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I have been developing a piece of software that is essentially a web-based GUI interface that configures equipment that will be used in outdoor/field environments (over a wifi network created by the equipment itself). The webgui is responsive across multiple browsers and platforms, but we would like to have a single device that we can ensure the customer will be able to get it to work on, and that we can ship with our equipment.

So I'm looking for an Android tablet that will be used in the field in outdoor work environments, but does not need any of the "frills" common to tablets today. All it really needs to do is run this webgui.

Basically I need:

  • Long Battery Life
  • solid Wireless card that does not easily disconnect/slow down
  • Reliability
  • $200 max

I do not need:

  • Large HD space
  • Camera
  • Speakers
  • HD screen
  • Fast Processor
  • Bluetooth
  • SD Card
  • Any other of the common selling points among consumer electronics.

I am currently looking at the Lenovo A8-50, but even that has a lot of unnecessary features. The only real alternatives I've found to mass-consumer electronics are the super-rugged tablets used by the military and industries that are based outdoors. This would be an excellent choice, except those are an order of magnitude more expensive.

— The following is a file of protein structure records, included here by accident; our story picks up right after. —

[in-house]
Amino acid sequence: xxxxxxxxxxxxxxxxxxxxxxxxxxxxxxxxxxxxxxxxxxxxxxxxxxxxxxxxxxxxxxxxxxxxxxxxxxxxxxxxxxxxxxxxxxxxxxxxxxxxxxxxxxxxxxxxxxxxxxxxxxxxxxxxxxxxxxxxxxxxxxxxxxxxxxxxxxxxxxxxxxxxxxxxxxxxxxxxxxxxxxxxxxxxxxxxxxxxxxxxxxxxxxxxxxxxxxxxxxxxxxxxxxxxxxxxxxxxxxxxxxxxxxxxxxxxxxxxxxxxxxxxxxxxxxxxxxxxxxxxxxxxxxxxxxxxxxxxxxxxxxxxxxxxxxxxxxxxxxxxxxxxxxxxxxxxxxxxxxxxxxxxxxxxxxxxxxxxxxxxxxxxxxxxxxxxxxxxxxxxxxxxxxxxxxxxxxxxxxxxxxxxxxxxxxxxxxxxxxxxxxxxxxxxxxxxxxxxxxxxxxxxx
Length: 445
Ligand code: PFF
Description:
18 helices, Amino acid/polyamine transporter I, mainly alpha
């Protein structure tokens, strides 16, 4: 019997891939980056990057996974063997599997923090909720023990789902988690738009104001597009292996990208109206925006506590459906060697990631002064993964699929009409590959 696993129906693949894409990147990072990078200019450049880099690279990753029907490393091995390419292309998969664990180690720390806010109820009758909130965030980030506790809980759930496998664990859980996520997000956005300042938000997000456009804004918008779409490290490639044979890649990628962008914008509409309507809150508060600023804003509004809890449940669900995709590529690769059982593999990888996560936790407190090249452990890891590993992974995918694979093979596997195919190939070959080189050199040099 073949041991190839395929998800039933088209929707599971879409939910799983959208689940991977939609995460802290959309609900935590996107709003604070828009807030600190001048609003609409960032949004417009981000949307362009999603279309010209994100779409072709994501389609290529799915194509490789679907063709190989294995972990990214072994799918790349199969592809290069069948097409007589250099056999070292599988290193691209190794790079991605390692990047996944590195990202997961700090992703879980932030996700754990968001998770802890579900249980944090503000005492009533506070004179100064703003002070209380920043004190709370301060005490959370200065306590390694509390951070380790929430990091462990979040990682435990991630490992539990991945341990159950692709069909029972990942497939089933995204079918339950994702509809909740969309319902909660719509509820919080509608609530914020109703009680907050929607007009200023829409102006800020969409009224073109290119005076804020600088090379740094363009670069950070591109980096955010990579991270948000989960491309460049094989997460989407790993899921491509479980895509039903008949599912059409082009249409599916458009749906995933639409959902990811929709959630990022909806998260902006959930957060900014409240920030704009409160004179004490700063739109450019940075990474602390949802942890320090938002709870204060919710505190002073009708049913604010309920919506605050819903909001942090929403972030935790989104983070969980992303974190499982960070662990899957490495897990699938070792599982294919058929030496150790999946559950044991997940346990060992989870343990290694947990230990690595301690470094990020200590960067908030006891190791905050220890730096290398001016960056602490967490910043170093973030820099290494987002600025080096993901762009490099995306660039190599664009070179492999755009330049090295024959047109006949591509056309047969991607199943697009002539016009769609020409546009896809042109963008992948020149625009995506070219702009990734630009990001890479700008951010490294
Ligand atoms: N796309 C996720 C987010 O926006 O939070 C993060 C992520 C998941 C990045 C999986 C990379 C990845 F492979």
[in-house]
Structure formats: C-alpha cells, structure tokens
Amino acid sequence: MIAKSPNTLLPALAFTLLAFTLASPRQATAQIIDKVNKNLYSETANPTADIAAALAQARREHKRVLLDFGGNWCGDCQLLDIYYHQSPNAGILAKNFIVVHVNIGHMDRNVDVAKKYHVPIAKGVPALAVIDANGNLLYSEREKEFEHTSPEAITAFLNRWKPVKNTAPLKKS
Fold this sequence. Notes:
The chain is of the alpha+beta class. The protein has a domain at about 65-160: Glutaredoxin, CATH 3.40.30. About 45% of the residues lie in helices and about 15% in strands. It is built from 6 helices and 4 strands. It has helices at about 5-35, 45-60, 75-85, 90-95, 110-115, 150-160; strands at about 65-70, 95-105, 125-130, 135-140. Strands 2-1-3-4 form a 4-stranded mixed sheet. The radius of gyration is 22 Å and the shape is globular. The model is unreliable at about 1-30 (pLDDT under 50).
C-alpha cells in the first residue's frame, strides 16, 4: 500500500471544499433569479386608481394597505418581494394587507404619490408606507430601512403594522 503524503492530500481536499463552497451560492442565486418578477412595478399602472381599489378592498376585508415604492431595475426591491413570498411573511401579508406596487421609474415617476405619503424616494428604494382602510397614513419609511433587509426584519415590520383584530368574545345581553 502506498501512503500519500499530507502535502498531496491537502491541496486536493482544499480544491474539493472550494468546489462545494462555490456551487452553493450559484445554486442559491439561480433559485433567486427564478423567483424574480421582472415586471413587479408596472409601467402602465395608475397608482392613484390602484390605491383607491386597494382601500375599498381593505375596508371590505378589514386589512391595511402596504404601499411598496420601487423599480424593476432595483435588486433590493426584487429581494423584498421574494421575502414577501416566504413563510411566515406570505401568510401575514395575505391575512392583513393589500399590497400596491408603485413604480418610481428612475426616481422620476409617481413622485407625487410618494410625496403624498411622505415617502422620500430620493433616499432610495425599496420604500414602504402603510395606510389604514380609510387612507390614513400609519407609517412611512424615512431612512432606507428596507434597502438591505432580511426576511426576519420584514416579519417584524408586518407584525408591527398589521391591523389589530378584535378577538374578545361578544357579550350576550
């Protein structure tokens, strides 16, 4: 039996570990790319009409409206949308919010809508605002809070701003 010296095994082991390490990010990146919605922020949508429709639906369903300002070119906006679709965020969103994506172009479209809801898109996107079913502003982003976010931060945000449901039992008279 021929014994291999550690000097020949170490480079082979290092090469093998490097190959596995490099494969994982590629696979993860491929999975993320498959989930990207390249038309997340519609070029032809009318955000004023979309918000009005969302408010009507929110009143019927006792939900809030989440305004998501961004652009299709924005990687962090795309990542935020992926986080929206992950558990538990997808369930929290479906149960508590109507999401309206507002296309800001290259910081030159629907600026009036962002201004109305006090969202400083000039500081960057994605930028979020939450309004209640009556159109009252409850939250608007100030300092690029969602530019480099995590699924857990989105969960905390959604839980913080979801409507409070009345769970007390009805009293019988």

Any suggestions? Perhaps there is a company out there that makes cheap non-consumer tablets meant to be used and locked into specific niche purposes?

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Samsung offers professional customization for many of their products, including locking down to one dedicated app, (re)branding and whatever else. It is called Samsung Knox Customization. This solution is over-the-top for my own purpose, but it may be useful for you.

  • I think Knox is also over the top for us, but thanks for the suggestion. In the end, we decided to go with the Lenovo A8-50, as we already had one of them lying around to work with, and I was unable to find anything that was significantly cheaper that was still fairly reliable. – Brian C Oct 25 '16 at 17:13
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You might want to consider a windows tablet, or an aftermarket version of the android os if reliability is a concern. Stock android is susceptable to android bloat, faulty updates and the like.

A panasonic toughpad might be something to look at, though it's definitely at the higher end of the spectrum.

  • Windows tablets have terrible, terrible support and usability compared to iOS and Android. Also, what? How is stock Android more susceptible to bloat than a fork? I'd argue it's the other way around. Toughpads are neat, but even in an outdoor environment, their level of ruggedization is beyond what's probably needed here. Also no way those are staying under $200 consistently. Also Windows. – JMY1000 Jan 6 '18 at 8:10

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